Campground Expansion Dispute Drags On

November 2, 2012 by · Comments Off on Campground Expansion Dispute Drags On 

Barbara Holton, proprietor of the Tispaquin Family Campground near Middleboro, Mass., reappeared before the Zoning Board of Appeals Oct. 25, following up on her request for the town to permit her 111 campsites as opposed to the 57 she is currently approved for, the Middleboro Gazette reported.

The request is the latest move in a decades-long dispute between the campground owner and the town over the number of campsites the Holton property should have. The issue has also been through the courts and before the Board of Selectmen acting as the Board of Health.

A judge has upheld the town’s position that the campground’s septic system can only handle the 57 sites for which the campground was permitted by the zoning board nearly 30 years ago.

At a previous hearing back in August, the zoning board granted Holton a two-month period to update her septic system in accordance with local and state guidelines and attain appropriate documentation from the Board of Health to confirm her compliance.

Owner’s Perspective

Holton began the continued hearing last week with a written review of the events surrounding the dispute from her perspective.

“At the last hearing on August 23rd, I was unaware that I would run into another brick wall as I believe I had proper documentation for this board to approve the allowance of the 111 campsites at Tispaquin Family Camp area,” she said. “Then I was told the rules have changed, that I needed to have everything done with letters from the building commissioner and the Board of Health that I am now in compliance and then the board would issue the permit.”

Holton, who has been operating her campground without a license from the health board for a number of years because she increased the number of sites without permission, contended that the board’s request for the confirmation letters is a “rule for one,” referencing a permit issued to the Kampgrounds of America (KOA) campground in Middleboro which also added campsites without pre-approval from the town.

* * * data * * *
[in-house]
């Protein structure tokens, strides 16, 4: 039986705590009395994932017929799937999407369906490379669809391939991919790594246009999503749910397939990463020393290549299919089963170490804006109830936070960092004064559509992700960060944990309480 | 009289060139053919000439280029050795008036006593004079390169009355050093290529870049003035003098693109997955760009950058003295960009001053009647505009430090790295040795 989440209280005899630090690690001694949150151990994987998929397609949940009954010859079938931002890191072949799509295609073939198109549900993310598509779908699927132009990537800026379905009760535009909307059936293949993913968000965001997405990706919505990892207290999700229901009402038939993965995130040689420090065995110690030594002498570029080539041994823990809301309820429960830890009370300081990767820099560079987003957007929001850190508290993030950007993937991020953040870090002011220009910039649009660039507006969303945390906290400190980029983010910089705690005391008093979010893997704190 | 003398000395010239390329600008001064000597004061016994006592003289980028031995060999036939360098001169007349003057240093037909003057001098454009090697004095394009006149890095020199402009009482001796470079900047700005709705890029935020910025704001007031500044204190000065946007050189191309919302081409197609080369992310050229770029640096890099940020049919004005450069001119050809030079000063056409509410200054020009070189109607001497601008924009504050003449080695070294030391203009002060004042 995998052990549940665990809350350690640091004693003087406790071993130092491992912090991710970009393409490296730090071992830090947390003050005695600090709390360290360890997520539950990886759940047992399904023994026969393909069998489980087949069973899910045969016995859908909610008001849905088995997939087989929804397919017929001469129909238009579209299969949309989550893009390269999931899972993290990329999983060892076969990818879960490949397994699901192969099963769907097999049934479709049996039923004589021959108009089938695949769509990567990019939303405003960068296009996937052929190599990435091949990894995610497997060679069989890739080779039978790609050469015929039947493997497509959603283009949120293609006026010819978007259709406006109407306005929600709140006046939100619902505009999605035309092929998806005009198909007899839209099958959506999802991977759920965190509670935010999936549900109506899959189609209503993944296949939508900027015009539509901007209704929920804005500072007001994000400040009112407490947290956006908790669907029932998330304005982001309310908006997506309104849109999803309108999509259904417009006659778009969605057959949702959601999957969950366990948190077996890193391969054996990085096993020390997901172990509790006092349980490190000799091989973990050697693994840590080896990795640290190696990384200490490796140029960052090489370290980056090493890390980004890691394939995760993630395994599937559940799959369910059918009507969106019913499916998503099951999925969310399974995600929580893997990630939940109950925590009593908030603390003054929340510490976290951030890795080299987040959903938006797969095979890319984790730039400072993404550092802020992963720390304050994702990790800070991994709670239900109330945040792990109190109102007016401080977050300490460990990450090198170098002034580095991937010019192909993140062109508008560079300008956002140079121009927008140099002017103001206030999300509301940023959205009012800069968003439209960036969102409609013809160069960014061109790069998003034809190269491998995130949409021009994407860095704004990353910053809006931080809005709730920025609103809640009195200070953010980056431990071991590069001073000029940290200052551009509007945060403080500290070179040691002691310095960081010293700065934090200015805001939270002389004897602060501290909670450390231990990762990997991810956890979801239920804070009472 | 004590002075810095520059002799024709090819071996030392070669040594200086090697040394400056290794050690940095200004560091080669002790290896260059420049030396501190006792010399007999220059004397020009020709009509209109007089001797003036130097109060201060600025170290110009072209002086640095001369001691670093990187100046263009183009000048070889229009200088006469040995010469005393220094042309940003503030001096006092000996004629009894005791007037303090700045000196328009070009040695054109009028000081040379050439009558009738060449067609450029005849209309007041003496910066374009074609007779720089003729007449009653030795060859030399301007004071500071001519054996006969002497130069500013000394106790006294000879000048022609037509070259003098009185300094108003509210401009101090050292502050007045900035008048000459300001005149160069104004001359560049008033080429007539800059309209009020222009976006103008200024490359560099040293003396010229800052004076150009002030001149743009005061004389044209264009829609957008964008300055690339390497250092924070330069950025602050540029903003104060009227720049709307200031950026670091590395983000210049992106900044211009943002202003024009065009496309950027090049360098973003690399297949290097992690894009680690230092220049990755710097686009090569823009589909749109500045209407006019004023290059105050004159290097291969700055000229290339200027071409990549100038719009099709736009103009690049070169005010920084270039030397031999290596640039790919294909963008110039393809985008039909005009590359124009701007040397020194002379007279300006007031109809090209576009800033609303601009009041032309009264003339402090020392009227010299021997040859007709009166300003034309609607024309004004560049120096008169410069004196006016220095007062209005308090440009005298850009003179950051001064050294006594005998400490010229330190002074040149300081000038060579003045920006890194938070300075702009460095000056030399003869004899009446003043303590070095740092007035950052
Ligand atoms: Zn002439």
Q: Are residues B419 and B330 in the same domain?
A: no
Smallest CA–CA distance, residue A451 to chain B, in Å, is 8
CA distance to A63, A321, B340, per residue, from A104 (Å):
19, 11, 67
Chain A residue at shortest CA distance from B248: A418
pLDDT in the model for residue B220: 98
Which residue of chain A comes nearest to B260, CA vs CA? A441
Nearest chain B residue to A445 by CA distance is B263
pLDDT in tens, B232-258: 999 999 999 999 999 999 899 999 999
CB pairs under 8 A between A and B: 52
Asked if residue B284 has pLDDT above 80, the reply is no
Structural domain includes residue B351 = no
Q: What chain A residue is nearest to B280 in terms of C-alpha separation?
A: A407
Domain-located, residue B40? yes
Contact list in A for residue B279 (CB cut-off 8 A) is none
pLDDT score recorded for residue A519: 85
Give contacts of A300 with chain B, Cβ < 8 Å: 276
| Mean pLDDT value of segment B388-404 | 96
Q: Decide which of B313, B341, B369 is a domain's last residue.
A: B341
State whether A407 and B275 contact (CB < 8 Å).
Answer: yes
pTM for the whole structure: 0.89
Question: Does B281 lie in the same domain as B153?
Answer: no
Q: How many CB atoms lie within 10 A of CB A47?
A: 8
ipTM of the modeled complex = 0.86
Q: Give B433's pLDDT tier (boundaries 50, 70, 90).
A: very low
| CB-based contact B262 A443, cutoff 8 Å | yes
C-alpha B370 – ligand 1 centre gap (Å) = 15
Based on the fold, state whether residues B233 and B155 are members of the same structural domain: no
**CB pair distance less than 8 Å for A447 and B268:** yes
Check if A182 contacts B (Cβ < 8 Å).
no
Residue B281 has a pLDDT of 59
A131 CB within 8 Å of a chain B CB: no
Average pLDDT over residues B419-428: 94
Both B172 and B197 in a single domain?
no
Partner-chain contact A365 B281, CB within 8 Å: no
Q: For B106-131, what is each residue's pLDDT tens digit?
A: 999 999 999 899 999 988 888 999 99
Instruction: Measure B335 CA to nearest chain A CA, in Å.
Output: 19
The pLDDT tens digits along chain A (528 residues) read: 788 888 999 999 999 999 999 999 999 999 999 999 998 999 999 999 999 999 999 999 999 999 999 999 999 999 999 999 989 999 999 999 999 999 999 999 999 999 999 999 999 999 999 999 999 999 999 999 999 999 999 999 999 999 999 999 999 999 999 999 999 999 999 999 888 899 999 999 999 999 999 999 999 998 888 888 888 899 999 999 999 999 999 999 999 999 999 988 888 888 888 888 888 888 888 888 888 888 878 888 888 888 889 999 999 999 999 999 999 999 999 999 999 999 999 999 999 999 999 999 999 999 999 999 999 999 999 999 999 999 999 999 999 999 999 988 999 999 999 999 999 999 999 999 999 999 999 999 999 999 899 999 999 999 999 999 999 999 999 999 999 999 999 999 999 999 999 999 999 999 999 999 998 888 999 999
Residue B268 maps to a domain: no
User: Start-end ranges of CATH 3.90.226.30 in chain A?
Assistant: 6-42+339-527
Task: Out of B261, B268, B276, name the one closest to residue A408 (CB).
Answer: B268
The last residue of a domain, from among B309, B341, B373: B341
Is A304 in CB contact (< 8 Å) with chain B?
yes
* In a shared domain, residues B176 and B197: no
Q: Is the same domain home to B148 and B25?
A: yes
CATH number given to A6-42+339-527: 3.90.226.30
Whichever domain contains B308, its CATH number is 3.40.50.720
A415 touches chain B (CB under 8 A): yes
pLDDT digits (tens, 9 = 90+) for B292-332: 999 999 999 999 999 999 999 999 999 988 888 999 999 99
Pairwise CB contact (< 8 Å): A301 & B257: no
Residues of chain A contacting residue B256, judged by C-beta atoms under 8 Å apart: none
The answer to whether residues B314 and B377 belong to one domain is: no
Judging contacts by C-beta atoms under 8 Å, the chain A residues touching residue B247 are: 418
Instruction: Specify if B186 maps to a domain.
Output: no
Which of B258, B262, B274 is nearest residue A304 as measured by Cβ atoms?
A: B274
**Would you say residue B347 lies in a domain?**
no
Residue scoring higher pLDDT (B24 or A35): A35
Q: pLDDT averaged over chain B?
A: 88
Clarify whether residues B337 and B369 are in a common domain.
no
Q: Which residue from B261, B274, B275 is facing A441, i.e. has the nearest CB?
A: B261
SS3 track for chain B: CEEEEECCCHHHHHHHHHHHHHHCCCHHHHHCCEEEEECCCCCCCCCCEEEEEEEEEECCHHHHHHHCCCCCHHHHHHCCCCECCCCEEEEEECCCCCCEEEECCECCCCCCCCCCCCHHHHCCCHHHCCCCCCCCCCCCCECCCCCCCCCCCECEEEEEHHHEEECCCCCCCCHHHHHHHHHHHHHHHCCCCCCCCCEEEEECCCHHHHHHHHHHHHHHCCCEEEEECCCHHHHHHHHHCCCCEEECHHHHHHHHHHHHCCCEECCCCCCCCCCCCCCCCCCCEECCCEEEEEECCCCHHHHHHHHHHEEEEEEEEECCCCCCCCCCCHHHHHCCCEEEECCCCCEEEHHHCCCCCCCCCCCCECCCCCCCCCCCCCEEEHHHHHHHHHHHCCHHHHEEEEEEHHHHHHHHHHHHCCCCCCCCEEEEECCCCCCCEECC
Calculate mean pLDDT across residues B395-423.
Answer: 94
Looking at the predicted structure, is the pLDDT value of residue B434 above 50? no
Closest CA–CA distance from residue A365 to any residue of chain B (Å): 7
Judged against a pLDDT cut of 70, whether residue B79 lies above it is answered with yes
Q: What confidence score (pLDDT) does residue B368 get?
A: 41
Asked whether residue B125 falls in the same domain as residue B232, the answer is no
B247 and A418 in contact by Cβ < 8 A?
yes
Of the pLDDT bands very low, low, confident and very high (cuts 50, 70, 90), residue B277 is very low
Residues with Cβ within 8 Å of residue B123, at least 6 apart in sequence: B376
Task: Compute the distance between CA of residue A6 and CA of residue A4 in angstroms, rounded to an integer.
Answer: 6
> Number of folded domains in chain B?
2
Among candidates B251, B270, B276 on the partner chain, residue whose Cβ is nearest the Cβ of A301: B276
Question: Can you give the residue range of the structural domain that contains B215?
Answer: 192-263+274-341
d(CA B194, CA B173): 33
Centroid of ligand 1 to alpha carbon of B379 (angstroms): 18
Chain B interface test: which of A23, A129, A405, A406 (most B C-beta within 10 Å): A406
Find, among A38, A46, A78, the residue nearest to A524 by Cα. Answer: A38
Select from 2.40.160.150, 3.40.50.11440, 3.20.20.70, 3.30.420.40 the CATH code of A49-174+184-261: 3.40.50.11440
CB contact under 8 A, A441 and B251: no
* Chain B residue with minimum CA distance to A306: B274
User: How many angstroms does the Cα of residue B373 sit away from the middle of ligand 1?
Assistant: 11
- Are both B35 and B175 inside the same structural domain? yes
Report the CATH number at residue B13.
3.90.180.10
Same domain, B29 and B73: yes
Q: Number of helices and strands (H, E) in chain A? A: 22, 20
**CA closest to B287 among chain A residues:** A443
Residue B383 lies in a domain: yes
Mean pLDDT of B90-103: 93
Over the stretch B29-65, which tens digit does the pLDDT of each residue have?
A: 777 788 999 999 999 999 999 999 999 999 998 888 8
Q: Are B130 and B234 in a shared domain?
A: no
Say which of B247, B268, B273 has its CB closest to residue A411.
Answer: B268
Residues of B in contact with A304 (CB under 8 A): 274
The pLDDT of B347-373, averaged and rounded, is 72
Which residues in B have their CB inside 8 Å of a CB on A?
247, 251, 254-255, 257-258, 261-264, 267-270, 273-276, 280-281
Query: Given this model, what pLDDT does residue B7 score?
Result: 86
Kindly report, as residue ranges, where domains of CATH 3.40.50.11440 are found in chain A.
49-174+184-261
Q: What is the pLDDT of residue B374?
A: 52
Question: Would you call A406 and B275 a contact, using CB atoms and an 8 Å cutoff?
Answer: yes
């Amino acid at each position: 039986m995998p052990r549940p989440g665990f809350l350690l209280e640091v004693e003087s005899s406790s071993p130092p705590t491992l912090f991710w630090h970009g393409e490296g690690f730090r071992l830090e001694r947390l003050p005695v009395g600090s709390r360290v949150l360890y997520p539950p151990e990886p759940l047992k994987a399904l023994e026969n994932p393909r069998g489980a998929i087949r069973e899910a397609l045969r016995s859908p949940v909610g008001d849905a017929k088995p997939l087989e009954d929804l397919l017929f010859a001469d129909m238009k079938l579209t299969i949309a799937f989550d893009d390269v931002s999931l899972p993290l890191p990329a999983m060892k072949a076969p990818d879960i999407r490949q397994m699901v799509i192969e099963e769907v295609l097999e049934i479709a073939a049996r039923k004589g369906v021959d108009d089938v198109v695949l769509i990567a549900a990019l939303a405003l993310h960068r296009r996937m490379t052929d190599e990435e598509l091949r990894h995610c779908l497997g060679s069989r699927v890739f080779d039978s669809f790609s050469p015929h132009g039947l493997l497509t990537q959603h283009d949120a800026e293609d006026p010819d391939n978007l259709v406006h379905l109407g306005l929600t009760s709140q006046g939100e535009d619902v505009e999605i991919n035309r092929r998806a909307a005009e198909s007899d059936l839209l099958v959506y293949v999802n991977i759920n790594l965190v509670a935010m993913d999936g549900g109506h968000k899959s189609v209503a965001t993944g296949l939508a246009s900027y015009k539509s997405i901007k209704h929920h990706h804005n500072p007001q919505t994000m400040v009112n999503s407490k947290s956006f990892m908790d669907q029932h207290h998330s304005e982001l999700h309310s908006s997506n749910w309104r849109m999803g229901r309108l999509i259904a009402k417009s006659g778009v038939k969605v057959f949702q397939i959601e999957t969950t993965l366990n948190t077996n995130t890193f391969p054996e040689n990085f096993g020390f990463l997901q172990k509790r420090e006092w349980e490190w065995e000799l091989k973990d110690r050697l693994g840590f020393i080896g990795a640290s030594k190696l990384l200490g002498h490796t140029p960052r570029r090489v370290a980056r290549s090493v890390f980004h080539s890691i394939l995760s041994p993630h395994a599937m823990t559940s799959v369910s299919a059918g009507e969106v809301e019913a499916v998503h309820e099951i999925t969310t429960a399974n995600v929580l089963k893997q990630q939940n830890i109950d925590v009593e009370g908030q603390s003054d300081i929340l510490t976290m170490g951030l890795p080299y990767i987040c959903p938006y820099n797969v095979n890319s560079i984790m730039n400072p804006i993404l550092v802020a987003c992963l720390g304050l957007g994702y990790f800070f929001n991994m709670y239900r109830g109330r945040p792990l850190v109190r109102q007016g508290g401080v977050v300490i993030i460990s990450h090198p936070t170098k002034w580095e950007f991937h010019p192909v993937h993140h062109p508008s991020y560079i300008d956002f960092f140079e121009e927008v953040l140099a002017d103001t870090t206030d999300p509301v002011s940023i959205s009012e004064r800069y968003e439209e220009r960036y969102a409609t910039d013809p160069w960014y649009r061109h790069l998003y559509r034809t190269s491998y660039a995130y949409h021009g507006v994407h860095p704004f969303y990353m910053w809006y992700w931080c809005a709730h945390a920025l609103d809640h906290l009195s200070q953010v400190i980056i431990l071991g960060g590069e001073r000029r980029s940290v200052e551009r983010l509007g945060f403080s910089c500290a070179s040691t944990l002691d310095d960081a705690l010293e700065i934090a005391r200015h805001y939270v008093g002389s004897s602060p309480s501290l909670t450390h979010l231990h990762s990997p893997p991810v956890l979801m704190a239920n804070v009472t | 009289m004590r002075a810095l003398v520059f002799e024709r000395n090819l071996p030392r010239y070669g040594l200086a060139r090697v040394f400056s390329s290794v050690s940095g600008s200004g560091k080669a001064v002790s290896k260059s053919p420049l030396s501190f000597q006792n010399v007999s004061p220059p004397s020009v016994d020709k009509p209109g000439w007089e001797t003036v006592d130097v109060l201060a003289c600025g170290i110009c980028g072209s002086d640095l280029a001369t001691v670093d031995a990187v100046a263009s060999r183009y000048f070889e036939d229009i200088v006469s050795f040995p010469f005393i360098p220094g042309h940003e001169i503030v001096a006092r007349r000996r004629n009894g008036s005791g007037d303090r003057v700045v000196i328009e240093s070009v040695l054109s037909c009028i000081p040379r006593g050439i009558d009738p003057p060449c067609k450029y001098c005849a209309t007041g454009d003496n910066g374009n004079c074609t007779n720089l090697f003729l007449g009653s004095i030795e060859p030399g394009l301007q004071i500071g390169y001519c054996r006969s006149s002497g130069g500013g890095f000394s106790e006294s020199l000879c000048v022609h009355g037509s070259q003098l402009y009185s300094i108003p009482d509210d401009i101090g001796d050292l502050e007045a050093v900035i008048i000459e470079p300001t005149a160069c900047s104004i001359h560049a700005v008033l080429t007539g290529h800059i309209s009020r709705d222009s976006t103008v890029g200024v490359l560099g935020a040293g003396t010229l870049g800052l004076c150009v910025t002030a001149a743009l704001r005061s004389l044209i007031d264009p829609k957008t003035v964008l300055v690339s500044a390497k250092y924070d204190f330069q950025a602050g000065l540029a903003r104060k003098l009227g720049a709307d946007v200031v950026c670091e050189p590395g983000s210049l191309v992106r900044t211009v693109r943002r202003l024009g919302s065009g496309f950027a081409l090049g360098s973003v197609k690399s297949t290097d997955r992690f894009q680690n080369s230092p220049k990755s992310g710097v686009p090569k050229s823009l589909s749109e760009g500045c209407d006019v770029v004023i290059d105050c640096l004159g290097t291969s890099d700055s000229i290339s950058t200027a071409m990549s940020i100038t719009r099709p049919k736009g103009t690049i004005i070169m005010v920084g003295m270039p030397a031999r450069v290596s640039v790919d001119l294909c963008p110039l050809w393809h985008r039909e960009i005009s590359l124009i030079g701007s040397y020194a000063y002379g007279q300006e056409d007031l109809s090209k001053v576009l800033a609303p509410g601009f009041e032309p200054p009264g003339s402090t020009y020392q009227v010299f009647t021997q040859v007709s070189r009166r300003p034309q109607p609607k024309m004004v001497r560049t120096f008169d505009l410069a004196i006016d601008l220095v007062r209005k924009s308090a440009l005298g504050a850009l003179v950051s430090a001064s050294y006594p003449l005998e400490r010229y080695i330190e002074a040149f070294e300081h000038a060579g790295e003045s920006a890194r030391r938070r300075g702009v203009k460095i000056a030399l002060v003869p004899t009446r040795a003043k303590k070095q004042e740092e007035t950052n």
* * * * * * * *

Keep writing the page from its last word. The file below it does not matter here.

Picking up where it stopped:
“KOA uses their septic systems with a Title V approval. They had a failure – they had to replace and repair their system. Without that failure, they’d still be using the same systems they’ve had forever,” she said.

Holton maintains, as she stated in August, that her campground, being in existence for as long as it has, should be grandfathered into approval as she believes the KOA campground would have been had it not been for their failure.

At the August meeting, zoning board members said that when Holton increased the number of campsites, she became subject to current state regulations regarding septic systems.

“Remember there were people here in 1984 that wanted to throw me out of town with your help?” Holton said in reference to her neighbors. “Well, they’re not here now because I respected them and now they respect me. They know that I didn’t destroy their neighborhood. I said I was going to make a beautiful place and not bother them and that’s what I did.”

Holton expressed a lack of faith in the board that if she invests in the necessary update to her septic system that they will in fact issue the permit.

“The system will go in, but for me to spend that kind of money and with no assurance that I’m going to have a permit. I still think it’s silly. It didn’t work for the KOA that way,” she said. “They still have part of their plan that has to be completed by February 2013, so why did they get a permit from you?”

Board Response

Zoning board member Joseph Freitas Jr. responded to Holton’s address.

“If you were a new business coming into town and you brought back an ongoing concern and you wanted to do the same thing that you want to do right now from day one, you would go through the same process,” he explained. “You would petition the board for ‘X’ amount of time. The governing boards of the town (would) direct you in what it will take to get you to where you want to be. You would facilitate those requests. They would then sign off on them and then you would satisfy the requests of all the boards.”

Freitas went on to tell Holton that once all requests were satisfied, that hypothetically “there would be no reason not to grant the permit.”

“There were some conversations at the last meeting in regards to ongoing litigations that we didn’t want to engage in or talk about it, and I still don’t want to talk about it,” Freitas said in reference to the fact that a Superior Court judge has ordered a receiver to take over the campground and reduce the number of sites to 57. “But I would like to request to the chairman of this board that we actually get a letter from our legal counsel that we could, in effect, approve a permit for a number of sites greater than what is being in receivership now.”

“I agree,” said Zoning Board Chairman Bruce Atwood. “At least we’ll know how many (campsites) we can approve.”

Holton also expressed her beliefs that Health Officer Jeanne Spalding has thwarted the permitting process for the Tispaquin Family Campground on more than one occasion.